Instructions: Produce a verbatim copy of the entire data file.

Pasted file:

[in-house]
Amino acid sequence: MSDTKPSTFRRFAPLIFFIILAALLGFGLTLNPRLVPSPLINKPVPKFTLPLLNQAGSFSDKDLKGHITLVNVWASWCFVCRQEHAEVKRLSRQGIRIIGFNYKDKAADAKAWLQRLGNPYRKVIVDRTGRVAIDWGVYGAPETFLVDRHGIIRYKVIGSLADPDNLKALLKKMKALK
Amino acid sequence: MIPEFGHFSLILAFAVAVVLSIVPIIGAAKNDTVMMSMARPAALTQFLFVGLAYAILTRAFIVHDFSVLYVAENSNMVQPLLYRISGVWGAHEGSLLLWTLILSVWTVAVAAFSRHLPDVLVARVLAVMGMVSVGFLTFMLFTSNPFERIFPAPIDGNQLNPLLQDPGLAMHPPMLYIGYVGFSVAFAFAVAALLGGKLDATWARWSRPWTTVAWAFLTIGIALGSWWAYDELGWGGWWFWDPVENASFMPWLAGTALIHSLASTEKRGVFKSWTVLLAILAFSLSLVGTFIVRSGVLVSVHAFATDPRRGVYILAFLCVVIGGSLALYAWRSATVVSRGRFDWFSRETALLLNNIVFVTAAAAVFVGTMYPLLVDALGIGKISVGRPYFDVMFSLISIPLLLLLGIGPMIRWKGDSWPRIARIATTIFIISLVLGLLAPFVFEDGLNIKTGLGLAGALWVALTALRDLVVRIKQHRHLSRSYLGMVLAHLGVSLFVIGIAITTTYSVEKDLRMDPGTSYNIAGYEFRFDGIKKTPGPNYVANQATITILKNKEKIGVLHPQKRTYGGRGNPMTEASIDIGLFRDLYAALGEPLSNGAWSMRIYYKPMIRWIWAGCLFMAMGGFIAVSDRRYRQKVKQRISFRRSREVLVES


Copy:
[in-house]
Amino acid sequence: MSDTKPSTFRRFAPLIFFIILAALLGFGLTLNPRLVPSPLINKPVPKFTLPLLNQAGSFSDKDLKGHITLVNVWASWCFVCRQEHAEVKRLSRQGIRIIGFNYKDKAADAKAWLQRLGNPYRKVIVDRTGRVAIDWGVYGAPETFLVDRHGIIRYKVIGSLADPDNLKALLKKMKALK
Amino acid sequence: MIPEFGHFSLILAFAVAVVLSIVPIIGAAKNDTVMMSMARPAALTQFLFVGLAYAILTRAFIVHDFSVLYVAENSNMVQPLLYRISGVWGAHEGSLLLWTLILSVWTVAVAAFSRHLPDVLVARVLAVMGMVSVGFLTFMLFTSNPFERIFPAPIDGNQLNPLLQDPGLAMHPPMLYIGYVGFSVAFAFAVAALLGGKLDATWARWSRPWTTVAWAFLTIGIALGSWWAYDELGWGGWWFWDPVENASFMPWLAGTALIHSLASTEKRGVFKSWTVLLAILAFSLSLVGTFIVRSGVLVSVHAFATDPRRGVYILAFLCVVIGGSLALYAWRSATVVSRGRFDWFSRETALLLNNIVFVTAAAAVFVGTMYPLLVDALGIGKISVGRPYFDVMFSLISIPLLLLLGIGPMIRWKGDSWPRIARIATTIFIISLVLGLLAPFVFEDGLNIKTGLGLAGALWVALTALRDLVVRIKQHRHLSRSYLGMVLAHLGVSLFVIGIAITTTYSVEKDLRMDPGTSYNIAGYEFRFDGIKKTPGPNYVANQATITILKNKEKIGVLHPQKRTYGGRGNPMTEASIDIGLFRDLYAALGEPLSNGAWSMRIYYKPMIRWIWAGCLFMAMGGFIAVSDRRYRQKVKQRISFRRSREVLVES